High school students at many Marin schools, including Novato, will now have access to social media sites, including Facebook, Twitter and Instagram, part of an evolving curriculum that seeks to integrate more technology in the classroom.
The change is happening as more schools use iPads, laptops and other devices and seek to connect with students in ways that reflect their daily lives. It's also part of the switch to the Common Core standards, which all schools must adopt by 2015.
Mt. Tamalpais Unified School District recently updated its social media policy to allow access to sites during school time, and Novato Unified is looking to formalize a policy, although access is already allowed.
"We have some very talented teachers in NUSD who have developed innovative techniques to utilize the power of the Internet and social media to enhance the education that students receive as well as teach students about digital literacy," said Julia Kempkey, director of Instructional Technology & Secondary Education.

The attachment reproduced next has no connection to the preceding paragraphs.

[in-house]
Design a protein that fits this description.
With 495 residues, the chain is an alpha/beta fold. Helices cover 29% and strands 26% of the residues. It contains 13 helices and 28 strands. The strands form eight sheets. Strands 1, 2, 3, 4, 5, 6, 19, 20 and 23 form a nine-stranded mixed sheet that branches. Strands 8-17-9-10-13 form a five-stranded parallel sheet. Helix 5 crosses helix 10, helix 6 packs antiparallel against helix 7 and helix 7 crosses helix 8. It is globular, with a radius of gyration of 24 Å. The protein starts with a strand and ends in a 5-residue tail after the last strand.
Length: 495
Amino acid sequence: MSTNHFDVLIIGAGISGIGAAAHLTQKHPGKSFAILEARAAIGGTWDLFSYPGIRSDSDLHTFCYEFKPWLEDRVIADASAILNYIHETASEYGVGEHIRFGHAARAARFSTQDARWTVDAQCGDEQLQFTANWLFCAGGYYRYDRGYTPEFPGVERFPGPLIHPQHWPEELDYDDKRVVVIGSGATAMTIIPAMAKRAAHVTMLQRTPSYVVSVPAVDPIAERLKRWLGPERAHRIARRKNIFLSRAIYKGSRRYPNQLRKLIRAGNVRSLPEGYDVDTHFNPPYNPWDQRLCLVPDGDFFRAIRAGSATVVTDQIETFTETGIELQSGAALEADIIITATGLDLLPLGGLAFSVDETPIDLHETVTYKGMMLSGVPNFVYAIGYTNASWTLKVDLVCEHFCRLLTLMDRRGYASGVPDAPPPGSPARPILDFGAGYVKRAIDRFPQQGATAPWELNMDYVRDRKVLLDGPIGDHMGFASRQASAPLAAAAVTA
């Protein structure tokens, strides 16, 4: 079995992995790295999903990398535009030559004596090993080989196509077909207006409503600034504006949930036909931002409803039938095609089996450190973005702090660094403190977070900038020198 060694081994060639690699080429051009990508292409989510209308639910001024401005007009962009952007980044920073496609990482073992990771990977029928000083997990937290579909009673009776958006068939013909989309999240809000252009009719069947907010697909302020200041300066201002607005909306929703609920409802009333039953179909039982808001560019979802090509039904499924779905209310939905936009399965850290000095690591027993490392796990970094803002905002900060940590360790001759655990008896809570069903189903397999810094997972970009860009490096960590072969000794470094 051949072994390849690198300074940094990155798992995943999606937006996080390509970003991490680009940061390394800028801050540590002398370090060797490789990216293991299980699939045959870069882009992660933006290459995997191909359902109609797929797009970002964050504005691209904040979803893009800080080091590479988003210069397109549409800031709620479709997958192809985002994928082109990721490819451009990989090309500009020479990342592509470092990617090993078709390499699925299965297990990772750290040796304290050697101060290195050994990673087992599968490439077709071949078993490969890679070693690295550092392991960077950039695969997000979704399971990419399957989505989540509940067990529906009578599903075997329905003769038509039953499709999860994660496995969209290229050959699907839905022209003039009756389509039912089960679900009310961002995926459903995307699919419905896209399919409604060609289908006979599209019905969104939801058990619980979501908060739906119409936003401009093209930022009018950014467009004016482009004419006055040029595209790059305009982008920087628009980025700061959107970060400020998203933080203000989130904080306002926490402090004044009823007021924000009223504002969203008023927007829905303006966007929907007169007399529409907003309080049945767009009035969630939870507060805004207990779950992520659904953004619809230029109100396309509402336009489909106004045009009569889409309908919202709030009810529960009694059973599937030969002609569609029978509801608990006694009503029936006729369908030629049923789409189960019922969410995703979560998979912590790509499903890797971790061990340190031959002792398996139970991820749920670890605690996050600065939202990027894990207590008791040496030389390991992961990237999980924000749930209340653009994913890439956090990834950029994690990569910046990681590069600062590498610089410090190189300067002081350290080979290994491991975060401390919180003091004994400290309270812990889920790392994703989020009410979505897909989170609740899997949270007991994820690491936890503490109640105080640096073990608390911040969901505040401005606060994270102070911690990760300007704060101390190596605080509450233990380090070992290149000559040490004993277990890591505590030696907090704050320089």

Schools have always taught students about how to be a good citizen, which in the 21st century includes good online behavior, she said.
"Social media is a major way that students develop their identity online and has a huge impact on their future if they are not taught how to use it appropriately," Kempkey said.
Now students connected to a school’s network — whether it’s on a school computer or using their own device — can visit the social media sites.
Schools know that students can tune out when using social media sites, but believe that the benefits still outweight the risks.
"The Internet in itself can be a huge distraction but it is quickly becoming part of teachers’ practice to integrate social media into how we go about teaching. The students know that they should only access social media during an educationally appropriate time. That being said, there will always be some students who will be distracted by this or the variety of other things going on at school- this is the nature of teaching children."
What are your thoughts? Do you think giving students access to social media sites during school hours will help or hurt instruction? Tell us in the comments!
Jessica Mullins contributed reporting.